• Communist anarchism. Also known as libertarian communism or anarcho-communism, they derive their ideas from the proposals of Mikhail Bakunín, a Russian revolutionary aristocrat, but reject from them the idea of the authoritarian state. Communist anarchism supports a free voluntary association without the state, without class distinctions, and through the socialization of all forms of goods, services, and means of production.
  • Anarcho-syndicalism. This movement complements the labor union struggle with the ideological contents of anarchism, promoting the conquest of the means of production by the workers to abolish the wage system and social classes, and then reorder society based on federalism and direct democracy.
  • Anarchism without adjectives. In late 19th century Europe ( especially Spain and Italy ), anarcho-communists and collectivists managed to overcome their differences and found anarchist organizations that did not distinguish between these ideological nuances.

New currents of anarchism

New currents of anarchism Environmental anarchism fights against industrial society and its ways of life.

At present, anarchism has assumed various contemporary forms, especially by allying itself with more recent trends and concerns in our societies, such as:

  • environmental anarchism. Called eco-anarchism or green anarchism, it fights against industrial society and its ways of life, proposing an integration with the environment that is sustainable, simple, and self-sufficient.
  • Anarchist feminism. This movement for the legitimization of women’s rights combined its principles with those of anarchism to produce an ideology whose central precept is that the vindication of the female role in history can only occur after the abolition of the State, together with the traditional conceptions of sexuality, family and gender.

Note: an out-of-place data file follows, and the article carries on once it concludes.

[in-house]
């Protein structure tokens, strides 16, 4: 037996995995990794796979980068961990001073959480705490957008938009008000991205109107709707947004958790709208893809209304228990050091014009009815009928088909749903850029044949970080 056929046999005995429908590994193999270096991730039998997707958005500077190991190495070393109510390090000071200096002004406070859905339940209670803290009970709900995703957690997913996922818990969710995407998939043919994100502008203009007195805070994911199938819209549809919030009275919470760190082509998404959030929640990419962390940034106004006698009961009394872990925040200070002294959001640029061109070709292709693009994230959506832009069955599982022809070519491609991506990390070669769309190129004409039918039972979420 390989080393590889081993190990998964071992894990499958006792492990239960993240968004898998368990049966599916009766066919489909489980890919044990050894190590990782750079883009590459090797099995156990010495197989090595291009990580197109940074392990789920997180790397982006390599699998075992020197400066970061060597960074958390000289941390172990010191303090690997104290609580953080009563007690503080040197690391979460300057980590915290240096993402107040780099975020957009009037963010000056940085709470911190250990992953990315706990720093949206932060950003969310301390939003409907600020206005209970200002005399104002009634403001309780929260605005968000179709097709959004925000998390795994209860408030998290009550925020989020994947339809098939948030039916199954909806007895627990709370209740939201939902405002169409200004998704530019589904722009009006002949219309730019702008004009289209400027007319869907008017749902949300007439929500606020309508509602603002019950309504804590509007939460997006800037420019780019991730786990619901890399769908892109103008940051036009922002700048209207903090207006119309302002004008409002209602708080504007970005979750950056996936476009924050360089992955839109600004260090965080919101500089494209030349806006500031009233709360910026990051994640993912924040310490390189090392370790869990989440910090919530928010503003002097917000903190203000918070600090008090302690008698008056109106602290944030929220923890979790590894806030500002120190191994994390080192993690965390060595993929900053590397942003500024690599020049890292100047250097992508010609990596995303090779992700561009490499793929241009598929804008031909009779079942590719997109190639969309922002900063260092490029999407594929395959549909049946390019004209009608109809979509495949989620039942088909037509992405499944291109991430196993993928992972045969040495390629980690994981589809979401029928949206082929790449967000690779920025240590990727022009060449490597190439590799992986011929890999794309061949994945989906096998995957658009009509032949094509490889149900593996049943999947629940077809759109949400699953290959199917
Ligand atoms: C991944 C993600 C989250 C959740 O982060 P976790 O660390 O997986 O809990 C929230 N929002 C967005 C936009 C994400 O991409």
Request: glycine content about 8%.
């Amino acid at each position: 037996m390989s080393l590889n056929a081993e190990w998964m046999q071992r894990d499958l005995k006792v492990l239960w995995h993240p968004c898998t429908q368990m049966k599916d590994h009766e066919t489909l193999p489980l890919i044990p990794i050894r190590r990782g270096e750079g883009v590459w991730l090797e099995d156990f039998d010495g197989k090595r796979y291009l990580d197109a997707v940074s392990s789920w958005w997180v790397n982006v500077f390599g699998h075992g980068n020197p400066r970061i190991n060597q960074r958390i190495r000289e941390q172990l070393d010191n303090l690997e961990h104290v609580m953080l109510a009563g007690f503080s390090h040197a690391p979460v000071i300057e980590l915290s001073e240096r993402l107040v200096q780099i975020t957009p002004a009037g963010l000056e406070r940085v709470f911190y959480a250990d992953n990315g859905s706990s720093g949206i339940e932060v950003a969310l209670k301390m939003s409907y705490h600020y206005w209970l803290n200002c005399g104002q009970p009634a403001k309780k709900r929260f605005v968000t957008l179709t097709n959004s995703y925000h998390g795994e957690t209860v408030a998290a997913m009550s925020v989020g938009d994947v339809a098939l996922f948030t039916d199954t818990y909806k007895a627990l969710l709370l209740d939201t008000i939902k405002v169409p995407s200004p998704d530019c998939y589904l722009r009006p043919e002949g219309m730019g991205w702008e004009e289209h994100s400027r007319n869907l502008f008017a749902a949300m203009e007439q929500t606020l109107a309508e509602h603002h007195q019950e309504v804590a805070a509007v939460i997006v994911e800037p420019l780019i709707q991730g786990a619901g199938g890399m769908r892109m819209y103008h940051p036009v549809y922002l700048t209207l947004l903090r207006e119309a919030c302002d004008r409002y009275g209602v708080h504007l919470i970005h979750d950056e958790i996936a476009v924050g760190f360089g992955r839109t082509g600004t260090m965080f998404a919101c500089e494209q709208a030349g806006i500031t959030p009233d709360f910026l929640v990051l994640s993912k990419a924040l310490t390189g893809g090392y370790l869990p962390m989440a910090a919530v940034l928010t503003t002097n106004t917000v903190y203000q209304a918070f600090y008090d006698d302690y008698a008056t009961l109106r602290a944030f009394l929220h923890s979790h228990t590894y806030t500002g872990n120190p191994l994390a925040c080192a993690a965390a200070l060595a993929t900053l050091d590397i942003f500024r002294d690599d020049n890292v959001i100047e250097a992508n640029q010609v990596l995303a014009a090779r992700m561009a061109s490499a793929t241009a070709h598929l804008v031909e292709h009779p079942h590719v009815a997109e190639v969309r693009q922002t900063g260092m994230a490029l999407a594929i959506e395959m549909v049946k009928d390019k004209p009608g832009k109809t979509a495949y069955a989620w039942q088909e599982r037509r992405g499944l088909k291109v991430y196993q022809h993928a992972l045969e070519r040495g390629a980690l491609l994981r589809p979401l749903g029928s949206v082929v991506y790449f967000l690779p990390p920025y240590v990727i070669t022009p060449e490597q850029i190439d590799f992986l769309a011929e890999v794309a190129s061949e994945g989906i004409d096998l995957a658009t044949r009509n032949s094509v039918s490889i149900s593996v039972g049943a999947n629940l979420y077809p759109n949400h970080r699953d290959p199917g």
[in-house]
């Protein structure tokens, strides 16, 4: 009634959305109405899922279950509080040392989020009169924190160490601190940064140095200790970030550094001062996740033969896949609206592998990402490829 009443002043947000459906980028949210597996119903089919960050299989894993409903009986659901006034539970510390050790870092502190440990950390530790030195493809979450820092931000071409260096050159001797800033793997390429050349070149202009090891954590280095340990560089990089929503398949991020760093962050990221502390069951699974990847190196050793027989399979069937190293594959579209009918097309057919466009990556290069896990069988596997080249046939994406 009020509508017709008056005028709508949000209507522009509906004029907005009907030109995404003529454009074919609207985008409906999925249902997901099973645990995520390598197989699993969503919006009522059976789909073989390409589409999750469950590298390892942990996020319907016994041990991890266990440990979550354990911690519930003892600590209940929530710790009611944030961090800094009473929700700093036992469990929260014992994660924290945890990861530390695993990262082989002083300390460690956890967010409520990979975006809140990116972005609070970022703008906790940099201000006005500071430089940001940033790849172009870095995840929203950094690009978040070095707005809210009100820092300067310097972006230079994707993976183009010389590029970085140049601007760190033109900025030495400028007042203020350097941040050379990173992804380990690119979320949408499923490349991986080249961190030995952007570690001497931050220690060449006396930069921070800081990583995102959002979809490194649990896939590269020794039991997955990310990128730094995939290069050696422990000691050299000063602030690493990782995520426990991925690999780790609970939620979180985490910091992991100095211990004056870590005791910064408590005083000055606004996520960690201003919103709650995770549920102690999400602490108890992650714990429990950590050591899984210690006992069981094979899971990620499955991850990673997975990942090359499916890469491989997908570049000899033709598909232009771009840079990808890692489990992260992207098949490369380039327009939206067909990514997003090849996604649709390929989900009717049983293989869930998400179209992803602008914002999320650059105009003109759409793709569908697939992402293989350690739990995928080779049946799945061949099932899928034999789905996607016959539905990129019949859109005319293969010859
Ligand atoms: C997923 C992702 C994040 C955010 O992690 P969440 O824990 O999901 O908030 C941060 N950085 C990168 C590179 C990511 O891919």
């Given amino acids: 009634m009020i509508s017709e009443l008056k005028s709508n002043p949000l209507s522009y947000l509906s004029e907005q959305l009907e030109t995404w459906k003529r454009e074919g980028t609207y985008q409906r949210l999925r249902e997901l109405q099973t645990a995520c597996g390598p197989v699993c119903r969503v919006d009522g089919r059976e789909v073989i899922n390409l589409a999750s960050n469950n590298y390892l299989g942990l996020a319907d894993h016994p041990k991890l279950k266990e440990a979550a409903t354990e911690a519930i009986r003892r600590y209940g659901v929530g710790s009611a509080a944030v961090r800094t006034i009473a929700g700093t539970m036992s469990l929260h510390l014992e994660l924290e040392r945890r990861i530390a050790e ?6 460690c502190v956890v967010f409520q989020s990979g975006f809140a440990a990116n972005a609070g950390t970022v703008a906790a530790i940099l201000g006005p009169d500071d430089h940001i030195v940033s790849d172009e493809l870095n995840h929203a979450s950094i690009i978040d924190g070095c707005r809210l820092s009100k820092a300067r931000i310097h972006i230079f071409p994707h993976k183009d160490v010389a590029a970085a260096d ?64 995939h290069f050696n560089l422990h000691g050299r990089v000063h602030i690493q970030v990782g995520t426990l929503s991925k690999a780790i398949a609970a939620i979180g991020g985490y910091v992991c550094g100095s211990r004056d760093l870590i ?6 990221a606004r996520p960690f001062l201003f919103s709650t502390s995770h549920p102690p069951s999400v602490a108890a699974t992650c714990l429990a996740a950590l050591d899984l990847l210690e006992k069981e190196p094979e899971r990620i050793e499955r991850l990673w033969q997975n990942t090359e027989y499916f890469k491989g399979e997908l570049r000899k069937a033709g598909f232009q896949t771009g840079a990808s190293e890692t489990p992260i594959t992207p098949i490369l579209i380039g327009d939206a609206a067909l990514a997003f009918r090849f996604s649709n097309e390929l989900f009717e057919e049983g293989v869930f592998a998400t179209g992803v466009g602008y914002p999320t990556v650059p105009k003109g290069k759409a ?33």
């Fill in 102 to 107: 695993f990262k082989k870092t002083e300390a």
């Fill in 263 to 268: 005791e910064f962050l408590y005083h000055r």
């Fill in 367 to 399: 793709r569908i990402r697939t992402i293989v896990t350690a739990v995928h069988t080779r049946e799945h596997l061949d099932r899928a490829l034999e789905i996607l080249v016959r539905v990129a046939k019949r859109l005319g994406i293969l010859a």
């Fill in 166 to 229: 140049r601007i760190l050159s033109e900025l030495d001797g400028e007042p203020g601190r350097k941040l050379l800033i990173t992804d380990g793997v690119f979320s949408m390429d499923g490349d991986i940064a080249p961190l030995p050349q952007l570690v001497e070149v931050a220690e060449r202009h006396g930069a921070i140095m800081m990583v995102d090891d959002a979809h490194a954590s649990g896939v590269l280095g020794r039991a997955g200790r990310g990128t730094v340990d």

• Anarcho-capitalism. Part of the international “New Right”, this anarchist movement on the other side of the ideological spectrum maintains that real capitalism produces a free society, without exploited or exploiters, but that this is not possible due to the State that perverts relations and creates monopolies.

Main thinkers of anarchism

The fundamental names of anarchist philosophy are many since the movement is diverse and complex, but the names of William Godwin, Pierre-Joseph Proudhon, Max Stirner, Anselme Bellegarrigue, nor those of Mikhail Bakunin, Lysander Spooner cannot be omitted. , Émile Armand, Piotr Kropotkin and Elisée Reclus.

Difference between anarchism and communism

The fundamental difference between communism and anarchism is that the latter plans a society of a single social class: the proletarian, through a strong state that controls the economy and socializes the means of production.

The latter is usually valued by anarchists, but they see the State as their greatest enemy and would never agree with the idea of a dictatorship of a single social class since their thinking is libertarian.

Anarchist Fighting Methods

Anarchist Fighting Methods Extreme slopes of anarchism incurred violent actions such as bombs.

Anarchists became famous for their massive calls for strikes, demonstrations, and for their printing of pamphlets and magazines calling for insurrection. However, more extreme slopes are incurred in violent actions: planting bombs, fomenting civil uprising, and even forming small militias in the framework of larger-scale military or social conflicts.

Criticisms of anarchism

Anarchism is accused of fomenting chaos and advocating a social utopia that would dismantle historically constructed structures, with no guarantee that what remains is better. On the other hand, the socialist left accuses them of individualists who do not watch over the common progress of society as a whole.

Art and anarchism

Anarchism had a marked influence on art, especially during the 20th century, due to its libertarian thinking. The works of writers like Tolstoi, Camus, George Orwell, Thoreau, or even cartoonists like Alan Moore, are good examples of this. Also the cinema of Jean Vigo, Truffaut, Fincher, and numerous works of pictorial and theatrical art.